I walked over to Charles’ place and ran him the movie One Hundred Men and a Girl and the Bravo! documentary on jazz trumpeters that I put immediately afterwards on the same tape. Charles enjoyed both, noting (as I had in my journal notes right after I saw it for the first time) that A Hundred Men and a Girl is actually quite good if you can get beyond its basic silliness (and this time, in the company of someone as politically Left as Charles, I noticed an interesting strain of bitterness in its portrayal of the rich, perhaps conditioned by a certain amount of “status anxiety” within the studio that made this film, Universal, which — like Durbin’s character in the movie — led a scrappy, hand-to-mouth existence in competition with the bloated “majors” like MGM and Paramount; as in Universal’s screwball comedy of the previous year, My Man Godfrey, there’s a certain knife-edge in the class content of this movie, a real bitterness at the way the rich people play with each other and drop three- and four-figure sums at the drop of a hat, while the poor people struggle for a hand-to-mouth existence). — 9/9/96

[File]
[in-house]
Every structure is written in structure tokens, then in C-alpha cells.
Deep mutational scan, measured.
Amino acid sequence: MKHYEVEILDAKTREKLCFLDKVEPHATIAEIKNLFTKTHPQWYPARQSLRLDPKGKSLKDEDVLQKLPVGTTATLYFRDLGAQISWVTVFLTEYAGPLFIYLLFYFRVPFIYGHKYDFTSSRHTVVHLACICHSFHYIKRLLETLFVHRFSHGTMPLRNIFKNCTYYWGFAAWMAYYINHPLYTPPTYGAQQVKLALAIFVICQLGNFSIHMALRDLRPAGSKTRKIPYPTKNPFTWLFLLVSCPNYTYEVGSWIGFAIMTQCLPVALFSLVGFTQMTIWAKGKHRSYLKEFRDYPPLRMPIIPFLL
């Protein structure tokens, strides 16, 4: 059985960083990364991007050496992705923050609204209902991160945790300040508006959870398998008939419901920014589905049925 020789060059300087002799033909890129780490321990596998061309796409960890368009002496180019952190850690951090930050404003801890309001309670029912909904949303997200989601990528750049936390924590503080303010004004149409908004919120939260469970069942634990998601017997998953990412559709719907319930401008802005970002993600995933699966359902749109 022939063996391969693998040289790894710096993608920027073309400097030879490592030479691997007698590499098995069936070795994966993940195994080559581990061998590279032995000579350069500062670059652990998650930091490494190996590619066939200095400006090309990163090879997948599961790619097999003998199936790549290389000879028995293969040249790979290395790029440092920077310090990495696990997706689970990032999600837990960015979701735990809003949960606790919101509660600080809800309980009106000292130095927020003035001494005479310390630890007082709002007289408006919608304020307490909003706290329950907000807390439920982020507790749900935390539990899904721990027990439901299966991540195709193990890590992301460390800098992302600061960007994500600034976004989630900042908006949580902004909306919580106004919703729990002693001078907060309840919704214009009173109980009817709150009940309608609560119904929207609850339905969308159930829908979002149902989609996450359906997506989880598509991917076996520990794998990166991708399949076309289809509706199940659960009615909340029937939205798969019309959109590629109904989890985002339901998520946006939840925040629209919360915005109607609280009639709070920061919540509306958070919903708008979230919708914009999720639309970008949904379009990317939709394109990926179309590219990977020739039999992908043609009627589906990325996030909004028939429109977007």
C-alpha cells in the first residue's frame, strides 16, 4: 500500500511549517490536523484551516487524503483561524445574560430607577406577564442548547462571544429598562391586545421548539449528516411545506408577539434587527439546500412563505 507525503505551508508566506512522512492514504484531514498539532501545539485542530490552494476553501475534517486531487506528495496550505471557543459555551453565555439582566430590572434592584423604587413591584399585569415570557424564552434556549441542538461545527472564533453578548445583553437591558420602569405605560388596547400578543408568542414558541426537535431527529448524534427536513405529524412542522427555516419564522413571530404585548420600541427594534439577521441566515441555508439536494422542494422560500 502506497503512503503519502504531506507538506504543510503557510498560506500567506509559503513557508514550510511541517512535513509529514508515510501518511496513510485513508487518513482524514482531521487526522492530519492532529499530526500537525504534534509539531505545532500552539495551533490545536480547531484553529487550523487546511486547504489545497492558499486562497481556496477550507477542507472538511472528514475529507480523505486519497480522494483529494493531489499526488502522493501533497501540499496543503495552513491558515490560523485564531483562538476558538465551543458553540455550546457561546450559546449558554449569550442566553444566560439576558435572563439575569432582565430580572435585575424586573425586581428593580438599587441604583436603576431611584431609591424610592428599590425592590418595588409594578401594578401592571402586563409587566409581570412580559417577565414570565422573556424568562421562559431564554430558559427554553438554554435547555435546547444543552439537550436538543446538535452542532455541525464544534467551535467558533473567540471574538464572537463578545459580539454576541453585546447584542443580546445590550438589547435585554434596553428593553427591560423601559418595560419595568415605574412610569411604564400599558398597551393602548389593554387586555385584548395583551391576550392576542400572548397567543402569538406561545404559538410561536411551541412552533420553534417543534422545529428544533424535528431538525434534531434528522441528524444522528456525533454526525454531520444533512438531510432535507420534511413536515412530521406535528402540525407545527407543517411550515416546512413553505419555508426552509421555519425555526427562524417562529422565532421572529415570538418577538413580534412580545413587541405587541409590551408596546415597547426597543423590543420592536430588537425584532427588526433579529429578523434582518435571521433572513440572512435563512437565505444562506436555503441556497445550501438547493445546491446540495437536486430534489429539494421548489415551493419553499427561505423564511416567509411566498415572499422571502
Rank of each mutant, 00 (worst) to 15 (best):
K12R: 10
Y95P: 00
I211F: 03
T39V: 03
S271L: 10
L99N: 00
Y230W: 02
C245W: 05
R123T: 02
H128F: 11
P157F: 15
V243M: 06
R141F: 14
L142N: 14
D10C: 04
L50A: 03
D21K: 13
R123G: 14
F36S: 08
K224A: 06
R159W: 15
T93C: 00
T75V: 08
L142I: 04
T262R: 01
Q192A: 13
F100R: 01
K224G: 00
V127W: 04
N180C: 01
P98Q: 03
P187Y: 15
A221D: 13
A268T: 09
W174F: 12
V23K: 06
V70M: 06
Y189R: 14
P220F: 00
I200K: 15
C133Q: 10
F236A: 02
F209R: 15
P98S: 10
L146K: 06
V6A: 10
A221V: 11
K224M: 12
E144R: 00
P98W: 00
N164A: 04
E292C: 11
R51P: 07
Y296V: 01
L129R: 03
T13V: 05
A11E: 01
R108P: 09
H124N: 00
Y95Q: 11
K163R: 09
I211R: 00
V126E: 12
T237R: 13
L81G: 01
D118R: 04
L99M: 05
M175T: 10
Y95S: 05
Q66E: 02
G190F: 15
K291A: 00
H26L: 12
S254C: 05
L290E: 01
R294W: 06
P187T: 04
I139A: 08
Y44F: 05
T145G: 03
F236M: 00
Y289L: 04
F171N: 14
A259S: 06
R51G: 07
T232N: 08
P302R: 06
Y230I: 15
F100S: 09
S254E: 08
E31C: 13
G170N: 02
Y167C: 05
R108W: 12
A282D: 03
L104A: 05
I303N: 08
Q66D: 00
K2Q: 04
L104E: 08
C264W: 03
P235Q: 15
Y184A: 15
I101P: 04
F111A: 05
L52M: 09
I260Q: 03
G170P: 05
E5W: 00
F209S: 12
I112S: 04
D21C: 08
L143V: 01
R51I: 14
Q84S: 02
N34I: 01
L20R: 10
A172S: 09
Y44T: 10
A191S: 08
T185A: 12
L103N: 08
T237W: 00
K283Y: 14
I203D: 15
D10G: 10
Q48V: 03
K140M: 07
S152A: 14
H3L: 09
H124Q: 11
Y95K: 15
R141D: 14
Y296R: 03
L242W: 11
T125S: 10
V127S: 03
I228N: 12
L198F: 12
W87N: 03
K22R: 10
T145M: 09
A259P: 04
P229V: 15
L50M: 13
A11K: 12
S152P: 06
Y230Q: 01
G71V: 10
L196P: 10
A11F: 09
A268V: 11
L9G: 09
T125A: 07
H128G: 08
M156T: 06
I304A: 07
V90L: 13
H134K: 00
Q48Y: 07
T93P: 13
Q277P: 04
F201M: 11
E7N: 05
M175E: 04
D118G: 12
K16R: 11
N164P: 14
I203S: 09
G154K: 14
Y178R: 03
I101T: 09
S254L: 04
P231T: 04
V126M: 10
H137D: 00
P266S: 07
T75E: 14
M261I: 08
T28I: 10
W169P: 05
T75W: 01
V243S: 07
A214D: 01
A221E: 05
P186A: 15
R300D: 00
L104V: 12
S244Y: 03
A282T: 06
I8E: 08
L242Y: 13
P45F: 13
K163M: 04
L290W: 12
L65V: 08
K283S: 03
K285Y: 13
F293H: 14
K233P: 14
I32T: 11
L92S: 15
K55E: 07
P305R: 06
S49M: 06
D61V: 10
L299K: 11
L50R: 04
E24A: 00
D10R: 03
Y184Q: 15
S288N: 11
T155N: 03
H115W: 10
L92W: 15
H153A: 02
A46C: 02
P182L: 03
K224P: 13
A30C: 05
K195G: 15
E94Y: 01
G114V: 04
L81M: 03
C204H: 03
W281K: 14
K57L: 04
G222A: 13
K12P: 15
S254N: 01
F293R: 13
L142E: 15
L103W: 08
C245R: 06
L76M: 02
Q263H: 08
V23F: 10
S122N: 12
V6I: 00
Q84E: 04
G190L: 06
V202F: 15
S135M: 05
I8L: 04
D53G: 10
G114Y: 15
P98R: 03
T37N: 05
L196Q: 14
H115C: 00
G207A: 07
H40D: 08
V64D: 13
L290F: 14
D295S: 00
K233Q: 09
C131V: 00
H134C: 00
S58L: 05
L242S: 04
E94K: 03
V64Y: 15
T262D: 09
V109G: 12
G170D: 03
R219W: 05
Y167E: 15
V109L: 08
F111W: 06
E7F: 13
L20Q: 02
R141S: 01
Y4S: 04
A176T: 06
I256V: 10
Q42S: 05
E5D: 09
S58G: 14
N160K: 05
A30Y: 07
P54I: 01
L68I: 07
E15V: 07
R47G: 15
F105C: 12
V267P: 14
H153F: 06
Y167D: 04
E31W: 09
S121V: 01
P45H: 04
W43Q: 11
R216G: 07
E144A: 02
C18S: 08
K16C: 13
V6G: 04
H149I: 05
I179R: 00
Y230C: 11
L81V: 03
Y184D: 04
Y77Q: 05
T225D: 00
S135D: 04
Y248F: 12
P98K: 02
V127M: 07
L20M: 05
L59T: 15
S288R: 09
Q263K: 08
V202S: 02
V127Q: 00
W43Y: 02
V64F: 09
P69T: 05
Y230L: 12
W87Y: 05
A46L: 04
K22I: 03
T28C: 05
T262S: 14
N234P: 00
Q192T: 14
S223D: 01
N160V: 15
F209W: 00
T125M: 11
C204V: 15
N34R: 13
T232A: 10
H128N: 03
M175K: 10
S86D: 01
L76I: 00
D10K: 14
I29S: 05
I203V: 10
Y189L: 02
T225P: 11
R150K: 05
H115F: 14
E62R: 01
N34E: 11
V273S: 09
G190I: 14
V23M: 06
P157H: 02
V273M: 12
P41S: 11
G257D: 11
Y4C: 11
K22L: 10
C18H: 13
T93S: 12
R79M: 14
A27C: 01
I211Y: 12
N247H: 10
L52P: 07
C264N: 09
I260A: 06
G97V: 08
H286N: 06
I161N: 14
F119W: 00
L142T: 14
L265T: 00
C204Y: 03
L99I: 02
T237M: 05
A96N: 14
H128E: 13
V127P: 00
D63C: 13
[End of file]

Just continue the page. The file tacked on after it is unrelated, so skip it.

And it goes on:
I watched the Turner Classic Movies showing of the 1937 Universal film One Hundred Men and a Girl, Deanna Durbin’s second feature and a movie that I thought when I first saw it bore a striking resemblance to The Wizard of Oz, even though Wizard was made two years later. Though One Hundred Men and a Girl is a naturalistic movie (Durbin plays the daughter of out-of-work trombonist Adolphe Menjou; taking all too seriously the off-handed jokes of a rich couple that they’d be willing to back the project financially, she gets her father to organize an orchestra of out-of-work musicians and gets it on a nationwide radio show by persuading Leopold Stokowski — playing himself[1] — to conduct), the similarities to Wizard are obvious both plot-wise (in both films a 16-year-old actress plays a rambunctious child who seeks out an avuncular white-haired authority figure to make the dreams of herself and her friends come true, and — against all the odds — finds him and succeeds) and stylistically. Durbin’s acting is alternately energetic and tremulous, indomitable in some sequences and heartbroken at others, and she manages to create a larger-than-life character even though she’s not either childishly cute (like Shirley Temple) or adult movie-star glamorous — and Judy Garland’s performance in Wizard is so Durbinesque I’m convinced she must have screened this film and picked up on Durbin’s style, just as Wizard’s director, Victor Fleming, must have studied Henry Koster’s work on One Hundred Men and a Girl to pick up pointers on how to make a fairy tale like this believable to a movie audience. As incredibly popular as she was (at least in the early years of her career; Durbin never quite recovered from producer Joe Pasternak’s decision to leave Universal for MGM after It Started with Eve in 1941), Durbin is almost totally neglected today — the fact that she quit the movie business altogether at 27 and had a long and happy life in retirement (it still seems to me that the only child stars that went on to relatively sane adulthoods were the ones like Durbin and Temple who got out of the business altogether) and didn’t live the kind of self-destructive roller-coaster life that made Judy Garland’s career a real-life soap opera until she died tragically young at 47 in 1969 seems to have ensured that Durbin never became a legend — yet Universal deserves credit for casting her quite creatively, giving her roles in noir films like Christmas Holiday and light thrillers like Lady on a Train in the mid-1940’s while MGM was shoving Garland into one overstuffed period musical (Meet Me in St. Louis, The Harvey Girls, The Pirate, Easter Parade) after another.